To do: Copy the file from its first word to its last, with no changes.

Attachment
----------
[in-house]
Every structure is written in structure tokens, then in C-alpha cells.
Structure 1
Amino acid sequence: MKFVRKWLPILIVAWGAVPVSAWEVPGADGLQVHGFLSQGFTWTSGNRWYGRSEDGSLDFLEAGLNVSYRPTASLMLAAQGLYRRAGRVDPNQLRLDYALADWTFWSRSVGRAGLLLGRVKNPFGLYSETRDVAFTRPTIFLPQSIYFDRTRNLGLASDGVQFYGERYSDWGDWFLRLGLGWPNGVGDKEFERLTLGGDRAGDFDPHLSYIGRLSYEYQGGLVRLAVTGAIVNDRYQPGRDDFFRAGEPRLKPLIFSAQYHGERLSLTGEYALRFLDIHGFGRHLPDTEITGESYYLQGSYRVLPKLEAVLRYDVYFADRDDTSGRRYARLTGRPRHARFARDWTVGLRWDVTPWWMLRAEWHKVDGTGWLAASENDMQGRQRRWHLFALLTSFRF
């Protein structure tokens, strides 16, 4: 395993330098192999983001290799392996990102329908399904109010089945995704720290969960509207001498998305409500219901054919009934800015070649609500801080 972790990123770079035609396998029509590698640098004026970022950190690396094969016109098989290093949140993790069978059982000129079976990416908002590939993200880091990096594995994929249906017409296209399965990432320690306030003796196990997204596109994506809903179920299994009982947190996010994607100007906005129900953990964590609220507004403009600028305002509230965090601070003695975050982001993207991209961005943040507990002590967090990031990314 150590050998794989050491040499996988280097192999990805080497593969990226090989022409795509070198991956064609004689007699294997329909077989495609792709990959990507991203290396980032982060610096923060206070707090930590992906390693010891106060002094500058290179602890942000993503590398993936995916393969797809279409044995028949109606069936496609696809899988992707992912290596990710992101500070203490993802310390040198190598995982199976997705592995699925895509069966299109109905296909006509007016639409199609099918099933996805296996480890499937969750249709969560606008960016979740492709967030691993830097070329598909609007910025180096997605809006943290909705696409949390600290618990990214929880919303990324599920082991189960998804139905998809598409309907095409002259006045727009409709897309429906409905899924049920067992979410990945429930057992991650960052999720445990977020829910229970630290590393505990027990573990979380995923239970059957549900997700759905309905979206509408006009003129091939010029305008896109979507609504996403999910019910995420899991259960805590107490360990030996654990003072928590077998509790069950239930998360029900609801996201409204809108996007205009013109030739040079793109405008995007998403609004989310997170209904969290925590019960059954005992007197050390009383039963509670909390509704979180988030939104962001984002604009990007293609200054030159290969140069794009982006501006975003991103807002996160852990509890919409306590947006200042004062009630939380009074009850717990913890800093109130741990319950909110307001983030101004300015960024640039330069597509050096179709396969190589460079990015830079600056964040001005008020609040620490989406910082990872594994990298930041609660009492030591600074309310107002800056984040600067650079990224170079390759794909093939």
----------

[in-house]
Every structure is written in structure tokens, then in C-alpha cells.
Structure 1
Amino acid sequence: MKFVRKWLPILIVAWGAVPVSAWEVPGADGLQVHGFLSQGFTWTSGNRWYGRSEDGSLDFLEAGLNVSYRPTASLMLAAQGLYRRAGRVDPNQLRLDYALADWTFWSRSVGRAGLLLGRVKNPFGLYSETRDVAFTRPTIFLPQSIYFDRTRNLGLASDGVQFYGERYSDWGDWFLRLGLGWPNGVGDKEFERLTLGGDRAGDFDPHLSYIGRLSYEYQGGLVRLAVTGAIVNDRYQPGRDDFFRAGEPRLKPLIFSAQYHGERLSLTGEYALRFLDIHGFGRHLPDTEITGESYYLQGSYRVLPKLEAVLRYDVYFADRDDTSGRRYARLTGRPRHARFARDWTVGLRWDVTPWWMLRAEWHKVDGTGWLAASENDMQGRQRRWHLFALLTSFRF
């Protein structure tokens, strides 16, 4: 395993330098192999983001290799392996990102329908399904109010089945995704720290969960509207001498998305409500219901054919009934800015070649609500801080 972790990123770079035609396998029509590698640098004026970022950190690396094969016109098989290093949140993790069978059982000129079976990416908002590939993200880091990096594995994929249906017409296209399965990432320690306030003796196990997204596109994506809903179920299994009982947190996010994607100007906005129900953990964590609220507004403009600028305002509230965090601070003695975050982001993207991209961005943040507990002590967090990031990314 150590050998794989050491040499996988280097192999990805080497593969990226090989022409795509070198991956064609004689007699294997329909077989495609792709990959990507991203290396980032982060610096923060206070707090930590992906390693010891106060002094500058290179602890942000993503590398993936995916393969797809279409044995028949109606069936496609696809899988992707992912290596990710992101500070203490993802310390040198190598995982199976997705592995699925895509069966299109109905296909006509007016639409199609099918099933996805296996480890499937969750249709969560606008960016979740492709967030691993830097070329598909609007910025180096997605809006943290909705696409949390600290618990990214929880919303990324599920082991189960998804139905998809598409309907095409002259006045727009409709897309429906409905899924049920067992979410990945429930057992991650960052999720445990977020829910229970630290590393505990027990573990979380995923239970059957549900997700759905309905979206509408006009003129091939010029305008896109979507609504996403999910019910995420899991259960805590107490360990030996654990003072928590077998509790069950239930998360029900609801996201409204809108996007205009013109030739040079793109405008995007998403609004989310997170209904969290925590019960059954005992007197050390009383039963509670909390509704979180988030939104962001984002604009990007293609200054030159290969140069794009982006501006975003991103807002996160852990509890919409306590947006200042004062009630939380009074009850717990913890800093109130741990319950909110307001983030101004300015960024640039330069597509050096179709396969190589460079990015830079600056964040001005008020609040620490989406910082990872594994990298930041609660009492030591600074309310107002800056984040600067650079990224170079390759794909093939």